* c) requires integrating 4000/(P(t)(48000 – P(t))) with respect to P. I assume this is covered in the VCAA syllabus, since the solution does just that, but the solution also should state the assumption that 0 < P(t) < 48000 in order to justify removing the absolute value bars from inside the logarithm.

* All that and not a single graph of what P(t) looks like, or any sort of a discussion on what makes the differential equation "logistic". Why even mention that it's a "logistic" differential equation?

1. marty says:

Thanks, edderiofer. Yes, in the main (but not entirely) you could regard them as a bunch of nitpicks, but it’s more like an infestation of fleas. I think you have missed one major aspect, which I think is a clear error, and there are for me (at least) two other irritations. Other than that, here are my thoughts on your nitpicks:

*) Yes, “models” is the proper term. I hadn’t thought of this one, but you are correct.

*) Yes, the factor 2 out the front is a little odd. Such a factor might be considered natural, in the way you might justify or set up the logistic equation for the model, but of course the nice numbers are just cooked anyway.

*) I disagree on the P(t). Simply writing P in an ODE is standard and preferable.

*) Yes, there is no maximum, and this is very much not a nitpick. The question is plain wrong.

*) I loathe expressions such as “fastest rate”, but VCAA’s quadratic proof of (b) is fine, and clear enough. (The audio/transcript makes it clearer.)

*) Yes, the removal of the absolute values needs to be justified, and this is not done in either the slides or the audio/transcript.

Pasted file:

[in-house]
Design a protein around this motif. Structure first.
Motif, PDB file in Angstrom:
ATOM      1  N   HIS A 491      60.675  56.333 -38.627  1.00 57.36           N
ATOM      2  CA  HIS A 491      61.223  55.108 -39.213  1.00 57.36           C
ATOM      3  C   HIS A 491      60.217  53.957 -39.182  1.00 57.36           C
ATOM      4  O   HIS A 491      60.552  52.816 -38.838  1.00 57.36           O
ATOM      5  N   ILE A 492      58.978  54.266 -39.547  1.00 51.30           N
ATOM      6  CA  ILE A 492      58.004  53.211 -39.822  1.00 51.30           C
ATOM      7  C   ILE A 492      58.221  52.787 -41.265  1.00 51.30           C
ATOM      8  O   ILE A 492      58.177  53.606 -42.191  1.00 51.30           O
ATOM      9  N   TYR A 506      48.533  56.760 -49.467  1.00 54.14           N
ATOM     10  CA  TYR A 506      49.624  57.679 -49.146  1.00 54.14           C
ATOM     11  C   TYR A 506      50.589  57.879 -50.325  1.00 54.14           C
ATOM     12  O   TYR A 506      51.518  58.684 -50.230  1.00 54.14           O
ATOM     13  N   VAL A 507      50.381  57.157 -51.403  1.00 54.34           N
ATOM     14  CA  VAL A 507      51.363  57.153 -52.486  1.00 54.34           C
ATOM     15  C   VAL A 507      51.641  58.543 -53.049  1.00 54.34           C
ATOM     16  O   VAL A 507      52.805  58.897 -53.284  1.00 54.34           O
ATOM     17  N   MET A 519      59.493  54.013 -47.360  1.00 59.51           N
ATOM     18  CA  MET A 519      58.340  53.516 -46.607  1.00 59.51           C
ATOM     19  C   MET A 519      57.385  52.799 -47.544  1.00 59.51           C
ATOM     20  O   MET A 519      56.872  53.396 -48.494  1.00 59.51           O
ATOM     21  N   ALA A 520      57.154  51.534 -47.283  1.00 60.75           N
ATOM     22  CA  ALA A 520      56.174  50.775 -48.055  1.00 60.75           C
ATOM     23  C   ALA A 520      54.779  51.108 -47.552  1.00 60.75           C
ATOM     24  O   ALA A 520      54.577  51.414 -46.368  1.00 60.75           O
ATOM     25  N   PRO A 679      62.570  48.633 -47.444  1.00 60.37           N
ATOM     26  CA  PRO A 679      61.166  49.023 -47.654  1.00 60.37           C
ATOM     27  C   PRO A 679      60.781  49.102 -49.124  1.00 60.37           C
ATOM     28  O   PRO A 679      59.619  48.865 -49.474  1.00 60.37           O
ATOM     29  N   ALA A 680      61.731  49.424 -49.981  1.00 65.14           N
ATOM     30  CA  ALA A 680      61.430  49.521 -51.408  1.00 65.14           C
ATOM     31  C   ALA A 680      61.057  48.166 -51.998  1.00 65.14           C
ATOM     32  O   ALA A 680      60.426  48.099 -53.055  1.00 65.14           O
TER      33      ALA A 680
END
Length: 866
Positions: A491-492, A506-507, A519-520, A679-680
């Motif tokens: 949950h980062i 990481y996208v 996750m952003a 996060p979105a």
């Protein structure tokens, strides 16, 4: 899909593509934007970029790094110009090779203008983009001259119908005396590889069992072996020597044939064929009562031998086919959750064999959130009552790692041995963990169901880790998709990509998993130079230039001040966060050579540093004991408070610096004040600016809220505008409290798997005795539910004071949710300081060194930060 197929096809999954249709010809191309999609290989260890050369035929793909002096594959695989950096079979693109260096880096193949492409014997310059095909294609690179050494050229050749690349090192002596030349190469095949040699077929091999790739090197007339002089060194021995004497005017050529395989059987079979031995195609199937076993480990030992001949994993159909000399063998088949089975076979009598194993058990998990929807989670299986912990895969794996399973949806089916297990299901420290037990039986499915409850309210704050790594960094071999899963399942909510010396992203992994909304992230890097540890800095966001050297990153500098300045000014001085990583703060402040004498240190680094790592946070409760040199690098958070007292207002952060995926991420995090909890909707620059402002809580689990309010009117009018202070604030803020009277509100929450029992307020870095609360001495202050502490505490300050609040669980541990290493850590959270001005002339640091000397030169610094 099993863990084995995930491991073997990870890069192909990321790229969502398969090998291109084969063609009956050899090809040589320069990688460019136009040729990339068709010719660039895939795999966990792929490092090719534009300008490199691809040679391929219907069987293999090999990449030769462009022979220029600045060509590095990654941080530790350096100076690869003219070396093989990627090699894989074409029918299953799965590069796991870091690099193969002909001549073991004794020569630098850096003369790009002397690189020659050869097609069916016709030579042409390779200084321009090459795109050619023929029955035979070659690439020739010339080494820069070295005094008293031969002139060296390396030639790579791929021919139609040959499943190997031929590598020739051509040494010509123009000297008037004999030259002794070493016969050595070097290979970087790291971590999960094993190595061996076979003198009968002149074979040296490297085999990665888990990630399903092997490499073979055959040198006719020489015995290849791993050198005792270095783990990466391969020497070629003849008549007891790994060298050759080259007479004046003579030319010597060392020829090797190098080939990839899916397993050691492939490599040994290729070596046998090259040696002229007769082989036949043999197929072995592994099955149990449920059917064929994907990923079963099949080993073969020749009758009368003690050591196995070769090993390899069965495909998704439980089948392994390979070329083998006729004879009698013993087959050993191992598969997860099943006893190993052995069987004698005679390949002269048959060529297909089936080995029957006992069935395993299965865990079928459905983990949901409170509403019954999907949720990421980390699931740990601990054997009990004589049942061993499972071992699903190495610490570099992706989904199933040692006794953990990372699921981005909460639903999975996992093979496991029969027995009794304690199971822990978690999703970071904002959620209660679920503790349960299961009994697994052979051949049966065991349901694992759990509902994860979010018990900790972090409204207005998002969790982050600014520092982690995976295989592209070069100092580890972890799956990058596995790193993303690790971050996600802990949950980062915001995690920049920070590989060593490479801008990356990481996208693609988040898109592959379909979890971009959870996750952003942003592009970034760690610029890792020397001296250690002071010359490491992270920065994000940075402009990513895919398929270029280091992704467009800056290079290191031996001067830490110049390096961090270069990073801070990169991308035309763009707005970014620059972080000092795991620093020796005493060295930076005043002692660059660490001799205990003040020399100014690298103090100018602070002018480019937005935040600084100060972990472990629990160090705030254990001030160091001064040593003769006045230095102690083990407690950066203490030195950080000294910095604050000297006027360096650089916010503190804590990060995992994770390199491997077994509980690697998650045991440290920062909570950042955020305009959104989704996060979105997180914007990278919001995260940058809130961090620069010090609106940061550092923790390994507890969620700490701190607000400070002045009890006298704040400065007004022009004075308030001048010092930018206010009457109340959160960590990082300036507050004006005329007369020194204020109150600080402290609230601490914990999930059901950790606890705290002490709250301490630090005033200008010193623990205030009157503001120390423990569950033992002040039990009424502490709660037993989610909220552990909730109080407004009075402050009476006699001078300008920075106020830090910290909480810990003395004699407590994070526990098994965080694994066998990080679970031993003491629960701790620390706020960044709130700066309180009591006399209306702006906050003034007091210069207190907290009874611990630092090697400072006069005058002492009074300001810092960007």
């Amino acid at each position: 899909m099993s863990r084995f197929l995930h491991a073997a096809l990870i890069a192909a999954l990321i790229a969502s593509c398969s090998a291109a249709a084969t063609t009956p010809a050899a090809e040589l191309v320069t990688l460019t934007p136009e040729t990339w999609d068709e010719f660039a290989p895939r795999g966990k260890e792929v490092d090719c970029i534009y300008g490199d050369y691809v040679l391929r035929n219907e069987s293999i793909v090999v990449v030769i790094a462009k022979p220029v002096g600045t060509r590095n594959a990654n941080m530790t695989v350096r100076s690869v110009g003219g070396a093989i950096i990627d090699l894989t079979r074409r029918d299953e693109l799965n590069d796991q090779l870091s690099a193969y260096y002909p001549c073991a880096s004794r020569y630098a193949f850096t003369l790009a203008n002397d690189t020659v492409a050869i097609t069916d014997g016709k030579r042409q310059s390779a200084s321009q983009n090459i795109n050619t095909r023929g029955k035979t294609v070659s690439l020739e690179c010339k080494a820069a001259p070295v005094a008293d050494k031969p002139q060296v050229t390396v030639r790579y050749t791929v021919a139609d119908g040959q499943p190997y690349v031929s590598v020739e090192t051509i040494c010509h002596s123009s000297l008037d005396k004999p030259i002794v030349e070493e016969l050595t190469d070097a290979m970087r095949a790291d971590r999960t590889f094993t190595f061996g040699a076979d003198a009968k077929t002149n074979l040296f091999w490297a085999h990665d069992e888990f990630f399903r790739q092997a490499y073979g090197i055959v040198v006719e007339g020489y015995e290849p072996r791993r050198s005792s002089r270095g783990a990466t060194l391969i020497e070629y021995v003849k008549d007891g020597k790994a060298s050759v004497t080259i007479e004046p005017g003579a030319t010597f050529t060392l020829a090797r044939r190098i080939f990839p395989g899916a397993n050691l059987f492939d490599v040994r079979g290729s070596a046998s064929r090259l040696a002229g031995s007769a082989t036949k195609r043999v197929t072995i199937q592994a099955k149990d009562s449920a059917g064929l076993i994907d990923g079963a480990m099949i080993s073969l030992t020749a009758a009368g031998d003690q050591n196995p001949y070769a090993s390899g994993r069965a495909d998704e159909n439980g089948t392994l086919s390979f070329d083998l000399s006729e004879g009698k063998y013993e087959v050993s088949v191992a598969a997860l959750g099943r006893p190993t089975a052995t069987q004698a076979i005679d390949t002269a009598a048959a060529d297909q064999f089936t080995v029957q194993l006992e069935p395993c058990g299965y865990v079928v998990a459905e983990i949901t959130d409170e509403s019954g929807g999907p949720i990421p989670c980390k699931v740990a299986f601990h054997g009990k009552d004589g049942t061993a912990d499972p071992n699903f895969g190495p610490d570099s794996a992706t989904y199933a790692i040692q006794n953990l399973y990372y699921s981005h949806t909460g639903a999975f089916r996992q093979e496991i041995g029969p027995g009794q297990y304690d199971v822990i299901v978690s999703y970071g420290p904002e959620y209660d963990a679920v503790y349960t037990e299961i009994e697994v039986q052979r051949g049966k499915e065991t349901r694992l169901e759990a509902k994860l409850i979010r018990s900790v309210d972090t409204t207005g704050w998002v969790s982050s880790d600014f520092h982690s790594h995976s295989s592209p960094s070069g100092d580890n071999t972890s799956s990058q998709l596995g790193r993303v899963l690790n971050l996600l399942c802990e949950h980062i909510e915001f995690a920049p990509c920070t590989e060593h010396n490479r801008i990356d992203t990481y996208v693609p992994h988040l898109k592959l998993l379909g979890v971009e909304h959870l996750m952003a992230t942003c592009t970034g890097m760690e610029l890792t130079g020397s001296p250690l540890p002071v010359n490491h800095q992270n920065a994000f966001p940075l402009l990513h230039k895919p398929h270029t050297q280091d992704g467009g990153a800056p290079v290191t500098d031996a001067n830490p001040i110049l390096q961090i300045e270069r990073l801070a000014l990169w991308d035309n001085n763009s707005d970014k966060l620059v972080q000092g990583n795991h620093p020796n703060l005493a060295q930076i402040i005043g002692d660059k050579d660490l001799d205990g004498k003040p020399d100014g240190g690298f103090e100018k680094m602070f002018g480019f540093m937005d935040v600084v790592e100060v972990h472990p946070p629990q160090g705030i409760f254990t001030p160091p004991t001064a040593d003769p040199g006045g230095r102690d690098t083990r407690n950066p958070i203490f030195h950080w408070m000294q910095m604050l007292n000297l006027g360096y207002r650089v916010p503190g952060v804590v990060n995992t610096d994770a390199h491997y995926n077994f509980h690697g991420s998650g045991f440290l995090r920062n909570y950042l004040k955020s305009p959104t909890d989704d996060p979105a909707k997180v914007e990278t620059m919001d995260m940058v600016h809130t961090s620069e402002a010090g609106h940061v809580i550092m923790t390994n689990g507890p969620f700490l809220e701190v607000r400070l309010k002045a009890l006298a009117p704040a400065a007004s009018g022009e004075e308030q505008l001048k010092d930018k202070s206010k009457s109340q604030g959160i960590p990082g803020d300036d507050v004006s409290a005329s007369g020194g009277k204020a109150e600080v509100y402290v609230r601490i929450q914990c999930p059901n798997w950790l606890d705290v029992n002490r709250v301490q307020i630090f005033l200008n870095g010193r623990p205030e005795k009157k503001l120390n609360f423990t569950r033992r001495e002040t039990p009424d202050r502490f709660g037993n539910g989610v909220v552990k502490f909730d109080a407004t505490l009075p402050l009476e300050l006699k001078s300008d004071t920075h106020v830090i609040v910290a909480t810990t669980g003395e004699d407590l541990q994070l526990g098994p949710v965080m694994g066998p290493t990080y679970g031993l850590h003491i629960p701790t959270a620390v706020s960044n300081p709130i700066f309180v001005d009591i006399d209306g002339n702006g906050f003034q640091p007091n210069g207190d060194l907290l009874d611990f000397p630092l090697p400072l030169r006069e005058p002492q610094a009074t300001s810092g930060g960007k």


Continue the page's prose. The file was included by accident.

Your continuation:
*) Yes, the lack of a graph, of any proper consideration of the model, is absurd. All of VCAA’s expressed concern for the “real world” is simply performative.

3. Red Five says:

Since the question says “predicted” is it OK though to use the asymptote as a prediction, even though such a P value is never actually realised?

I’m trying to look at this question in a way that a student might if it were an actual exam.

Scary.

1. marty says:

No.

1. Red Five says:

OK. Let me rephrase.

Do you think someone at VCAA thought it was OK to use the limiting value as a valid “prediction” even though the model predicts the population will never reach this limit?

1. marty says:

No idea, and it doesn’t matter. Words have meaning.

1. Red Five says:

It doesn’t matter in the sense that the question is wrong and the answer given in the presentation is wrong.

It does matter in the sense that, if this were an exam question, would 48000 be marked as correct?

The question is worse than wrong – I’m still trying to work out how to guide students through the November exams which will be written by the same organization that brought us these questions.

1. marty says:

OK. I don’t think of it as my job to guide teachers and students how to interpret VCAA stupidity. My job is restricted to pointing out the stupidity. But, clearly VCAA was, and presumably is, willing to use “maximum” in the sense you suggest.

4. marty says:

I’ve updated the post, including a not yet noted error.

5. Anonymous says:

Marty in your update do mean part (a) rather than part (b)?
And I agree with eddy that the coefficient of 2 is silly, it would be more sensible if the coefficient was such that the equation had the form dP/dt = rP(1 – P/K) because then the growth parameter and the carrying capacity are obvious. (Are these terms/definitions that students need to know now that logistic DE is in the study design?) Who wrote these sample questions?

1. marty says:

Thanks, A. Yep, I meant (b): corrected now.

I don’t know whether “growth parameter” and “carrying capacity” are official VCE terms or not. A couple texts use those terms, but a third does not.

As for who wrote the sample questions, the questions are clearly linked to the sample exam questions, discussed here. So, presumably whoever writes the standard exams, also wrote the sample questions. I have no idea who that is.